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Where There are Innu

Updated: Mar 31, 2022

A month long canoe trip in Northern Quebec and Labrador

White line indicates the route of canoe travel.

White line connecting Schefferville to Hopedale indicates the route of canoe travel.

I was searching for a route that would put us on the world’s most immaculate brook trout fishing waters, but it wasn’t only fish I was after. Although this expedition is as tough as they come I knew it would give me a deep respect for the land as I traveled through it the way native people and fur traders of past times did; I find it’s moments on trips like this that are the most enriching.

Innu men pooling their canoes up river.

Innu men poling their canoes up river 1920.

I, of course, would bring food but we also wanted to live close to the land and planned on fishing, foraging, and waterfowl hunting for much of the 6000 plus calories we would each need per day. Among the most challenging parts of the trip would be the necessary 15 miles of portaging, including one 6 mile carry. We would also have to track our canoes up the powerful George River for 8 miles, then run and line lots of wild rapids on the Adlatok before a 30 mile paddle on the tempestuous Labrador Sea to reach our finishing point at Hopedale. Needless to say, we had our work cut out for us.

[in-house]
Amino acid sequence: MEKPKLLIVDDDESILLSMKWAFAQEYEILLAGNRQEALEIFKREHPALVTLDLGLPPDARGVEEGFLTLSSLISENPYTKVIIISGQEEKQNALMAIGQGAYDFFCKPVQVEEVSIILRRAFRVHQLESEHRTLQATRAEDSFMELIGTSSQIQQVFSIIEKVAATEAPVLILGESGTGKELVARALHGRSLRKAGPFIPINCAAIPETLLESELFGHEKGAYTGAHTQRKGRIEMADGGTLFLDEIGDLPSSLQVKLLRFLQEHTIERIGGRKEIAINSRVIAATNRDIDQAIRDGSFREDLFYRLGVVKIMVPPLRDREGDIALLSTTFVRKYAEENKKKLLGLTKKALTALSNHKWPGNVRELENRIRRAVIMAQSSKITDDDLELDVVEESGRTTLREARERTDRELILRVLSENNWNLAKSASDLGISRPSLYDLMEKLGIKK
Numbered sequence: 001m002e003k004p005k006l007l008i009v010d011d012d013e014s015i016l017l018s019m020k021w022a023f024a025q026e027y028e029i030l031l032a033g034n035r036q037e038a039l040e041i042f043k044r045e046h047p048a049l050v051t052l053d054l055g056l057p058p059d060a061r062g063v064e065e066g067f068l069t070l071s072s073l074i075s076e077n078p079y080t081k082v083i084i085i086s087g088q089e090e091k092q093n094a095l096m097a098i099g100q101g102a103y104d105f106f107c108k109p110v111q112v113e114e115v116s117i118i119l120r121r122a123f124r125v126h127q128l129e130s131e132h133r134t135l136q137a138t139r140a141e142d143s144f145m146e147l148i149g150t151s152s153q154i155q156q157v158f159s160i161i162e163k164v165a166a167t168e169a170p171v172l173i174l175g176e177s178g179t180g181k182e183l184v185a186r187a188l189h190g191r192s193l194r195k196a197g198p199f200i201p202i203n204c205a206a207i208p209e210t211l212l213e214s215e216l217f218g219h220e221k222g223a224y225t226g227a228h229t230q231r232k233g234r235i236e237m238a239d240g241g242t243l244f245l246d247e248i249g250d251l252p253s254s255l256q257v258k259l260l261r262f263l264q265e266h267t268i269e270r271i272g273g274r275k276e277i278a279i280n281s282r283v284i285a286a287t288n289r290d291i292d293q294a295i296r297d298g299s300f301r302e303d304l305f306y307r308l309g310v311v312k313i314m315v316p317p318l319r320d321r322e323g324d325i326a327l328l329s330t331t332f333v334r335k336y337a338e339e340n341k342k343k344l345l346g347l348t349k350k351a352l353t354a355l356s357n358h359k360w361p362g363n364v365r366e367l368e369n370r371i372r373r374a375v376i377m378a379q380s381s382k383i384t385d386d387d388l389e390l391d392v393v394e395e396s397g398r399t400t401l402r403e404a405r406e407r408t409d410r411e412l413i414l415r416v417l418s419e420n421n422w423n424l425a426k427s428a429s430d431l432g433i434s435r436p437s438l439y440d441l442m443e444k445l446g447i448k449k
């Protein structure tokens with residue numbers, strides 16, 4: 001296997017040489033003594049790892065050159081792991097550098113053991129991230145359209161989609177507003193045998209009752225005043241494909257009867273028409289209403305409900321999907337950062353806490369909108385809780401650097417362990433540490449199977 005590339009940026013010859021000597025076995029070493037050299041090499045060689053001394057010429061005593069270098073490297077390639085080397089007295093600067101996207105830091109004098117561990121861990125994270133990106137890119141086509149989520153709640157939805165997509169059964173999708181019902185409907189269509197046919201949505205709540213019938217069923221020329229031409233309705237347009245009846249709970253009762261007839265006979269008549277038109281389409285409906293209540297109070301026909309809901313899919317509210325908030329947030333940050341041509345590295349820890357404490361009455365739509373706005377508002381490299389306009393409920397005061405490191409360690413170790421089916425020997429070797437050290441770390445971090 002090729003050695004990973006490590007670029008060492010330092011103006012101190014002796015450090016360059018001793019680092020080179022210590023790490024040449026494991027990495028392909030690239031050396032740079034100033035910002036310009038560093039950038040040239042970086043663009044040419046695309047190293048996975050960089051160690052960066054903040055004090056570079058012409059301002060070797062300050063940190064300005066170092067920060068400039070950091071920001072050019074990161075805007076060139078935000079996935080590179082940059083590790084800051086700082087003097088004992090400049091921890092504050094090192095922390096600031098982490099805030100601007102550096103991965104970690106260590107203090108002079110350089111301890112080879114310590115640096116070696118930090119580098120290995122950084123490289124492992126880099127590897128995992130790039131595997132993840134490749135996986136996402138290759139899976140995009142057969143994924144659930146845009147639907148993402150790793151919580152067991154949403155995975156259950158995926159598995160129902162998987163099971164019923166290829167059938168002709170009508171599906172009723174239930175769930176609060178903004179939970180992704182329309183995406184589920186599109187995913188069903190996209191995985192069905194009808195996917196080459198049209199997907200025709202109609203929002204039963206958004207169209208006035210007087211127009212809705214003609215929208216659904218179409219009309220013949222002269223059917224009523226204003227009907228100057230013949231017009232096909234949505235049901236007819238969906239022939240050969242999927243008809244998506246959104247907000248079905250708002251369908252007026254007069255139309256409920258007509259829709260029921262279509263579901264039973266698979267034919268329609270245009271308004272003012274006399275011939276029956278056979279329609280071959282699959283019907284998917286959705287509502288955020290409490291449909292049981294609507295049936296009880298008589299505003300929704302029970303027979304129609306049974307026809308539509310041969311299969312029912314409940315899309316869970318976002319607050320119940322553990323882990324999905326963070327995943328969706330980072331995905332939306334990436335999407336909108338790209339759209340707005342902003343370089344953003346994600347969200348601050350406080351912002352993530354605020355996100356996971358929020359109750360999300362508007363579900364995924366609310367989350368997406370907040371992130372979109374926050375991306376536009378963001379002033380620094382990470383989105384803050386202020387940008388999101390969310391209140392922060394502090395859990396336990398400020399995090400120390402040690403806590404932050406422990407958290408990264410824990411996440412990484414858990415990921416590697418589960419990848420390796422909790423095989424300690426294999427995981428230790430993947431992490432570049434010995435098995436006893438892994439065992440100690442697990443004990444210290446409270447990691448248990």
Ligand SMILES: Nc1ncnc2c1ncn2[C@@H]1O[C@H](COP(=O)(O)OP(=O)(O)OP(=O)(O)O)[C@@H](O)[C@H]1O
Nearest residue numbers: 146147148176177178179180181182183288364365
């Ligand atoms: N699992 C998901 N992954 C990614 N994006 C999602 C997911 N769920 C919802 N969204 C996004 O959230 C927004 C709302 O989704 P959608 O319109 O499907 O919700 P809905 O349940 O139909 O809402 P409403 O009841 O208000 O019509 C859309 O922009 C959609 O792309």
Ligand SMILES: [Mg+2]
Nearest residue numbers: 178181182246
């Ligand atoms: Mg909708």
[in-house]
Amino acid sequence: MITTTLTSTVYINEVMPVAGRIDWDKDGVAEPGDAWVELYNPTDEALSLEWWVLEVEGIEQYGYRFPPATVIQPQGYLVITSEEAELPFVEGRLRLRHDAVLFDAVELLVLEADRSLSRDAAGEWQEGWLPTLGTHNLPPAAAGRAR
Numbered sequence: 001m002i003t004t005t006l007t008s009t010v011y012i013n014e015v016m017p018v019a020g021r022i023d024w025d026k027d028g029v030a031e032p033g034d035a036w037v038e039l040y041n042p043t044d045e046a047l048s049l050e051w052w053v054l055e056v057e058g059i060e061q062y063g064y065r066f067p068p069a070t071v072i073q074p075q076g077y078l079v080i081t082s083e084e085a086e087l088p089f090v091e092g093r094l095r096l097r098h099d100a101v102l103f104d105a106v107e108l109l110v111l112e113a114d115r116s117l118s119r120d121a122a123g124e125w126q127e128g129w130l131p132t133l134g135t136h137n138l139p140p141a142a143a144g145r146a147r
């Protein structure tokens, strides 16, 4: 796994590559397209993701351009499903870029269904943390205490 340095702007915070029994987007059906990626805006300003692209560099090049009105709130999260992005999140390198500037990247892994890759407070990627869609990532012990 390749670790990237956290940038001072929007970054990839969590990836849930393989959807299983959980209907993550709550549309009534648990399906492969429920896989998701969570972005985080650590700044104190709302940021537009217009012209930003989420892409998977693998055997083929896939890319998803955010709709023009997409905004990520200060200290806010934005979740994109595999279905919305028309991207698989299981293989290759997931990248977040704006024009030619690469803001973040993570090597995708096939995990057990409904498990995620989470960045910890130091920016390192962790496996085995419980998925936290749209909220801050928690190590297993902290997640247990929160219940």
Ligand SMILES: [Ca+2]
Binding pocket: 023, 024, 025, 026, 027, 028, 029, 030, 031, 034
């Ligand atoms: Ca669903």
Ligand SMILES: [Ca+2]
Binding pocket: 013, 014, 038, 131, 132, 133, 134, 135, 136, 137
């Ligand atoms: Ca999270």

En Event! (French For “Onwards!”)

Clearly, my brother Ted knew what we were getting into because he asked me several times “why the hell are we doing such a hard trip?” I knew one thing for sure, although I have ventured on a few northern canoe odysseys before, this was going to be the toughest trip I have done. Ted and I would paddle in the sterns, our good buddy Will, a realtor (who is also a licensed Labrador fishing guide), would paddle in Ted’s bow, while new recruit Marty would team up with me. Marty is a long time family friend who knows how to rough it but has never taken on anything like this trip before; it would be Will’s first hard-core northern expedition too. We would all have to raise the bar to meet the challenge. On August 12th 2011, Bernie of Tunilik Adventures drove us from Schefferville, Quebec to our put-in at Attikamagen Lake, and there we stood: four friends with 350 miles of daunting wilderness in front of us. The expedition was officially under way.

The crew stands ready to depart on Iron Arm of Lake Attikamagen.

The crew stands ready to depart on Iron Arm of Lake Attikamagen.(c) Ted Baird

Boggy low-lying country charicterizes the first part part of the trip.

Boggy low-lying country characterizes the first part part of the trip.(c) Ted Baird

Excellent Pike fishing was prevelent early on in the trip.

Excellent Pike fishing was prevelent early on in the trip.(c) Jim Baird

Paddling in the headwaters of the Du Pas River.

Paddling in the headwaters of the Du Pas River.(c) Jim Baird